YTA is looking forward to welcoming Vandita Kate Marchesiello on April 14, for Transform, Relax, and Rejuvenate: A Brief Retreat with Lasting Results.
Marty, who owned a bar and had a great interest in sex, drugs, and rock n’ roll, turned me on to a book by Jess Stern titled, Yoga, Youth, and Reincarnation (after all it was the 70s …). I read the book, attended a free yoga class at a Catholic church in Schenectady, New York, and the rest is history.
Signing up for a series of ten classes after the freebie was a no brainer. I loved how I felt (without drugs) during a slow yoga flow, deep yogic breathing, and the icing on the cake … yoga nidra. I faithfully attended all ten classes and signed up again for another series with my teacher, Rupa, a devotee of Amrit Desai. Each week I entered the little house that also served as a yoga center and mini ashram and was soothed by the nag champa incense that burned on the alter next to photos of Paramahansa Yogananda, Gurudev (Amrit) and a variety of saints and sages from many traditions. Fresh flowers brightened the clean room as lovely music played and invited me in to sit quietly before class began. Dressed in all white, Rupa was the epitome of a yoga teacher: knowledgeable, kind, and open-hearted. After a year of study with her, she suggested I do a yoga teacher training with her and help her at the little studio and teach in the community. I was so flattered and humbled by her invitation that I accepted immediately. The training lasted about nine months and was an amazing experience. With such an emphasis on character development and the health benefits of yoga, I gained more than imaginable that impacted my daily life.
During this time Rupa took me to Sumneytown, Pennsylvania, to meet Yogi Desai. We attended an Inner Quest Intensive and spent ten hours a day for three days sitting with the question: “Tell me who you are.” Like peeling the layers of skin from an onion, this experience revealed some deep-seated resentments, feelings of abandonment, and ecstatic bliss. Over the years I participated in approximately seven of these intensives. Meeting Amrit at the end of this long weekend experience was joyful. He entered the room as if floating on air and had such a compassionate perspective for all the suffering we had experienced that weekend (imagine 20+ people crying, weeping, screaming, and punching pillows). He spoke eloquently about karma, dharma, and human nature and the power of love and left us all feeling good about our exhausting yet exhilarating weekend.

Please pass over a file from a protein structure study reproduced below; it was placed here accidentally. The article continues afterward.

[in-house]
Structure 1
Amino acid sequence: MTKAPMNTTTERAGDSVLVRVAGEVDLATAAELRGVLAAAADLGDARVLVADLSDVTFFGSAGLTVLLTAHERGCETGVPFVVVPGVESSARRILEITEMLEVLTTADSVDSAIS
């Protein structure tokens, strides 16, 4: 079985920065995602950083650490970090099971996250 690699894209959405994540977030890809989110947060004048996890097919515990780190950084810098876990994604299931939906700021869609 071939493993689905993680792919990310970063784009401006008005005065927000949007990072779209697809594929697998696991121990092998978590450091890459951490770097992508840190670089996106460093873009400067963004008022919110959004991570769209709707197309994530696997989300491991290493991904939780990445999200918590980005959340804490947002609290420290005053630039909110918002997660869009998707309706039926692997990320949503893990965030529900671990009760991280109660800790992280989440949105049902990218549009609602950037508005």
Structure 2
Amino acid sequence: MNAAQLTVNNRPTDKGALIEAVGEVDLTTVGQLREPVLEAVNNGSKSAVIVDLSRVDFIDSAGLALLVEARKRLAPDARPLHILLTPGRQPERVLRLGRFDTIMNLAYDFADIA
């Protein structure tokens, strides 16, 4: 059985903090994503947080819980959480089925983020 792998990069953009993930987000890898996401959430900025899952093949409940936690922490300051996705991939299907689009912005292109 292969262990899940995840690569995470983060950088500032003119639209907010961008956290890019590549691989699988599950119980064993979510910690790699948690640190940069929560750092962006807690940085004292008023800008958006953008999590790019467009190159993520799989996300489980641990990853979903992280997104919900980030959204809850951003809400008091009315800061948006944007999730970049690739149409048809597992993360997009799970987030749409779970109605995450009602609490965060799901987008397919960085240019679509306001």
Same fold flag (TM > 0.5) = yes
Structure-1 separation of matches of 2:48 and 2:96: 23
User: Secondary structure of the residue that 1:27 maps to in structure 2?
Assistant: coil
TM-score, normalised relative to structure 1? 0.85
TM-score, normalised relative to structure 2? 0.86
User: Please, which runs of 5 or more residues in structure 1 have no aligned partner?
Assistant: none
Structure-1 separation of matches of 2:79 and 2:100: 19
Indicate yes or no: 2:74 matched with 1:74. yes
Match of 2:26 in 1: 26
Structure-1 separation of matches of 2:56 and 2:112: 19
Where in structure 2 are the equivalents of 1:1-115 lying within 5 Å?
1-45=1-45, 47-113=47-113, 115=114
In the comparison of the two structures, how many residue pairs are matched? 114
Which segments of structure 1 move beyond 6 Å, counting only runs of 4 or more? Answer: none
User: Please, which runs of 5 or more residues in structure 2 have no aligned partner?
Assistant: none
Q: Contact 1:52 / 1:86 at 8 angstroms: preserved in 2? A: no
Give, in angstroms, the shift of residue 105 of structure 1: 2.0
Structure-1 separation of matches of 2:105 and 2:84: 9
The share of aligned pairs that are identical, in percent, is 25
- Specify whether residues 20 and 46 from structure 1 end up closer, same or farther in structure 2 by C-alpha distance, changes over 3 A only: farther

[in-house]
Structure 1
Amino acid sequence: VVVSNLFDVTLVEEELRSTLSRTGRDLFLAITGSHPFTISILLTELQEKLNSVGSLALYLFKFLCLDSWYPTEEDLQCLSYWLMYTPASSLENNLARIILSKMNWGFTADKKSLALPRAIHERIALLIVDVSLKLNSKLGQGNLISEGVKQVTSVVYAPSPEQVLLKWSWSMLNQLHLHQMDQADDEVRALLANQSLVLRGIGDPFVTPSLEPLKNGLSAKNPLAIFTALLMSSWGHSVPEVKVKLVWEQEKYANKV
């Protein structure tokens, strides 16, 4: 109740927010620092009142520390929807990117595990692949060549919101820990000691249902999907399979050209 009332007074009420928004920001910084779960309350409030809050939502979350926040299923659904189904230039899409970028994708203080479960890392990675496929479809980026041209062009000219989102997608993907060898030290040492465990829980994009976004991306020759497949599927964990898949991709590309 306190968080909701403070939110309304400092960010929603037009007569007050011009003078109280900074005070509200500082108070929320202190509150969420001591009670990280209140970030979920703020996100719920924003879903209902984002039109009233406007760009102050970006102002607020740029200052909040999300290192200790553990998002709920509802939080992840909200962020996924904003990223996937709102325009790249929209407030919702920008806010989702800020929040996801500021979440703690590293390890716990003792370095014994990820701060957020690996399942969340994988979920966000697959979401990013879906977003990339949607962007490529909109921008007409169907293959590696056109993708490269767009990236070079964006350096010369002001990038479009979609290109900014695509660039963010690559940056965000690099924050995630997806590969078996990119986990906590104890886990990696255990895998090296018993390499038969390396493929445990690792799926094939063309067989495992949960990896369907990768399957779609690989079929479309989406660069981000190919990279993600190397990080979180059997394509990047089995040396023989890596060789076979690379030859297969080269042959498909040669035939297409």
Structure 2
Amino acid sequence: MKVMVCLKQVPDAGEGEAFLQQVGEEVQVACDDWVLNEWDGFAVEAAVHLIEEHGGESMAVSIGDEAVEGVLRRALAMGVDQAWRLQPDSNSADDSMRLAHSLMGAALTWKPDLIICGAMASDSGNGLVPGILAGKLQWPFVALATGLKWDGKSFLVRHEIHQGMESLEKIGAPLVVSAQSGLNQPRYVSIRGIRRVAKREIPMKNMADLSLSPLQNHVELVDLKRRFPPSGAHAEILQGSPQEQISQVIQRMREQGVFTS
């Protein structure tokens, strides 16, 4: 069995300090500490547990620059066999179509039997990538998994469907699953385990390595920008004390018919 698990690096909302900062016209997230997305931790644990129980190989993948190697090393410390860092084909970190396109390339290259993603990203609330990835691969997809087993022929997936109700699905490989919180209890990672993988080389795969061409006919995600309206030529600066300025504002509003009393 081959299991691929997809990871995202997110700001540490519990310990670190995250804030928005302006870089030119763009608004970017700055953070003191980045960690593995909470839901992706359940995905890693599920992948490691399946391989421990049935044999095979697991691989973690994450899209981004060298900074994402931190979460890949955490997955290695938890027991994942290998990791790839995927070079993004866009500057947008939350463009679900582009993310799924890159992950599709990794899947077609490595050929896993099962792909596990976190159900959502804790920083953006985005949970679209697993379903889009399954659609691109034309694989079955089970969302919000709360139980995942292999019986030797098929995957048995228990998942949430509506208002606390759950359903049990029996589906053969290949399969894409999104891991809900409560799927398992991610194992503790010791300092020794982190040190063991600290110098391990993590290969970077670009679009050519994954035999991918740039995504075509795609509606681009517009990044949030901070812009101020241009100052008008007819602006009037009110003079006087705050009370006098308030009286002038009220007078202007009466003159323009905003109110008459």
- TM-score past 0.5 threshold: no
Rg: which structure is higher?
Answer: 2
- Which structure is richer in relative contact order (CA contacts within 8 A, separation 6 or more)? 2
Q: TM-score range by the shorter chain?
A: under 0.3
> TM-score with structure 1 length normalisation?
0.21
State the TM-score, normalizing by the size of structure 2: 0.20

Returning home I started teaching at the yoga center and a variety of community centers. I also began contemplating a yoga teacher training with Amrit in Pennsylvania. In 1977 I took a leave of absence from my clerical job at General Electric to attend the month-long training. The property at the Summit Station location where the training would be held was nestled among cornfields and farmlands of the Pennsylvania Dutch. Long walks on country roads and hills revealed a patchwork of colors from the various crops that were planted on this ideal land. This city girl was in her glory, as I had longed for a place like this to call home.
Just a short time after I arrived for training I was busily preparing to welcome Swami Kripalu from India. This was a major and long anticipated event. Swami Kripalu was Amrit’s guru, and Amrit had been pleading with him for a few years to come to America and witness the interest in hatha yoga and the love and hunger hundreds of us had for these particular practices. The day of Bapuji’s (Swami Kripalu) arrival was unforgettable. A couple hundred of us all dressed in white with little marigolds in our hands and hair welcomed Swami with song and music that we chanted in Indian tradition. Bapuji, who spoke briefly after his long journey, said he felt so welcomed and loved and looked forward to spending time in satsanga with us soon. He spoke in Gujarati and Amrit translated. After being at the ashram for the month of training, I decided I wanted to stay longer and so quit my job and moved into the community that became my yoga family.
Well, here we are now and I’m still serving at Kripalu Center. The years from 1979 to 2018 have been full of teaching, training, presenting, coaching, directing, mothering, and now grandmothering!
I hope you will join me on April 14th for more stories and heartfelt experiences. See you soon!